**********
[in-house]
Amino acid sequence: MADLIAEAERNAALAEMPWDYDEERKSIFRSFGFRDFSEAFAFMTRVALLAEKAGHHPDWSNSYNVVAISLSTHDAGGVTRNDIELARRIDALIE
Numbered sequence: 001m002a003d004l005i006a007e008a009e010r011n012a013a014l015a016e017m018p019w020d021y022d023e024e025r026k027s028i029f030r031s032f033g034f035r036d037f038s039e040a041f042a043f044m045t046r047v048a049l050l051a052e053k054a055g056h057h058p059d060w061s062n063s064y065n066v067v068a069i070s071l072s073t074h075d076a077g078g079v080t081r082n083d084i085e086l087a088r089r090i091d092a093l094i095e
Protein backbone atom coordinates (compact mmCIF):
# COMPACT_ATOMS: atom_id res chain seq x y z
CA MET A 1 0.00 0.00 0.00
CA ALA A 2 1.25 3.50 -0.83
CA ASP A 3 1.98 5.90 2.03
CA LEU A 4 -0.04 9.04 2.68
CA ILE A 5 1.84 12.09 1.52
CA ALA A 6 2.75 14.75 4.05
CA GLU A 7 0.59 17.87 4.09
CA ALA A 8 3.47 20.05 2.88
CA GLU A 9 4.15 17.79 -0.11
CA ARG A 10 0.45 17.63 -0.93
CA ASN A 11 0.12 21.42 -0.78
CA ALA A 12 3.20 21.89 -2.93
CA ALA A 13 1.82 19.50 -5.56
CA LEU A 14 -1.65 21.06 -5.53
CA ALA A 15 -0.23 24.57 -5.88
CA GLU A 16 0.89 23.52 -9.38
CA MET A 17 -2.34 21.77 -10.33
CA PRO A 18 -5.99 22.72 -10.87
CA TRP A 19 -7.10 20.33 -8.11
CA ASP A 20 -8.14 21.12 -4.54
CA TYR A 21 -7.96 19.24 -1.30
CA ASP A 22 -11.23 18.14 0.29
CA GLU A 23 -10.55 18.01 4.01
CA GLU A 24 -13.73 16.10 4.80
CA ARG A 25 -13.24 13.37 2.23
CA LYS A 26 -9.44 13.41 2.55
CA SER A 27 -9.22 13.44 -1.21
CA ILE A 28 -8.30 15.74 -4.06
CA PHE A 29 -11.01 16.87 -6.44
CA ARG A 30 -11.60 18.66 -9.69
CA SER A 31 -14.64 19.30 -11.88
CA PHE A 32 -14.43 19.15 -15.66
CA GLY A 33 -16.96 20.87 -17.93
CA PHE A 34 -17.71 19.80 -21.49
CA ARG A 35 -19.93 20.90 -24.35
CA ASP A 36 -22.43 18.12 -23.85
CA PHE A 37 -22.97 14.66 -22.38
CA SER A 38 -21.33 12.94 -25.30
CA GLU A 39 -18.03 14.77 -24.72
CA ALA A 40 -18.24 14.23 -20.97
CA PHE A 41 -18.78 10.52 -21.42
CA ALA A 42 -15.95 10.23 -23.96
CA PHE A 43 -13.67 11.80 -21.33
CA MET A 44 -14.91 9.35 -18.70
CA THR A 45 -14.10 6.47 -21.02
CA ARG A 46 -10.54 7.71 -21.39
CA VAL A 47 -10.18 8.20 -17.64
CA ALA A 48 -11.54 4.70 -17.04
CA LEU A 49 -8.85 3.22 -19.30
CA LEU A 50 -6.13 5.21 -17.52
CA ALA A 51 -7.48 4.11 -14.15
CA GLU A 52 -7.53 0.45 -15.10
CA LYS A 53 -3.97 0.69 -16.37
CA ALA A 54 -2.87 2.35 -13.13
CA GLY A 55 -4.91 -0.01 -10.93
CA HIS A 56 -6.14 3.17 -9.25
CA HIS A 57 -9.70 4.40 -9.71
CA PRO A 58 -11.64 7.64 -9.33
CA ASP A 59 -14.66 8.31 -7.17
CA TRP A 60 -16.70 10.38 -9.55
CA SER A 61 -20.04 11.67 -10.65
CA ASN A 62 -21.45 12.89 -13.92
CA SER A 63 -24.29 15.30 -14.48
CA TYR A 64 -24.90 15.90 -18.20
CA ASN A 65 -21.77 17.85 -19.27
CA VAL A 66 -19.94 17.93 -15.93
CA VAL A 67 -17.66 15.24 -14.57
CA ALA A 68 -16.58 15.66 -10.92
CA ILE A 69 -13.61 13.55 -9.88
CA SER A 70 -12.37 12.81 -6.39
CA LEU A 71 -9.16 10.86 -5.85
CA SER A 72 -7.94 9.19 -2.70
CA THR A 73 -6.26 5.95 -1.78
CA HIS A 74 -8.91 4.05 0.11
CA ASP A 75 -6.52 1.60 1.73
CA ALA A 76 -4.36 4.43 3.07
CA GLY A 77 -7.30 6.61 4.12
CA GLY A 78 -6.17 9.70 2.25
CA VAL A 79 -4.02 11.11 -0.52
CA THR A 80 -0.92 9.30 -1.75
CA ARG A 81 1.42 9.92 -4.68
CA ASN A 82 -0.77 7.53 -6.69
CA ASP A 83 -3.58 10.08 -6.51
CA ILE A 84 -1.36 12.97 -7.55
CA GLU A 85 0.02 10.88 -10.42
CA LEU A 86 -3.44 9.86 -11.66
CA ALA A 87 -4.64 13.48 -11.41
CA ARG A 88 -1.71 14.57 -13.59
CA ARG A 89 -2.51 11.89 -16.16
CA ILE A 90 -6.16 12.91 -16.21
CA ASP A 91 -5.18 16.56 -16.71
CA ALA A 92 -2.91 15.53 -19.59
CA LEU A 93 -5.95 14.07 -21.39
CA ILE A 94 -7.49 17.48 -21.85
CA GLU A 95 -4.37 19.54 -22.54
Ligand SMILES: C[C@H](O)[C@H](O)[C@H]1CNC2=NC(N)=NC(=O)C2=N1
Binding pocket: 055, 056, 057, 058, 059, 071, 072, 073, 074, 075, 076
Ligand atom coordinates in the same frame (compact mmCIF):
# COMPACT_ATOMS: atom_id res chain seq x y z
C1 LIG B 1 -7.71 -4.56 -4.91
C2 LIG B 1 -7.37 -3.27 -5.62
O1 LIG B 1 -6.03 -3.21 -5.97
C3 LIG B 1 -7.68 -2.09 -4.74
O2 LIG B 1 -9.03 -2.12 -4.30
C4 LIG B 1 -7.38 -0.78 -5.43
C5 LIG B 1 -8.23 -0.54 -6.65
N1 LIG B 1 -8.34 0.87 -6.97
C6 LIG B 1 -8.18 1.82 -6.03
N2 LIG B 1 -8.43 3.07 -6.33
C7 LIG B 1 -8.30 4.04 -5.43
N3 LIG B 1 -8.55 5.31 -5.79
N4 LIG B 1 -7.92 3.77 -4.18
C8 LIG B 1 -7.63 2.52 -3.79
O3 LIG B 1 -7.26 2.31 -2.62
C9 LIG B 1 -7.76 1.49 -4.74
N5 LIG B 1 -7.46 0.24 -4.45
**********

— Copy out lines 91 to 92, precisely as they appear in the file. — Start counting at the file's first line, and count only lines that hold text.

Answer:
CA LEU A 86 -3.44 9.86 -11.66
CA ALA A 87 -4.64 13.48 -11.41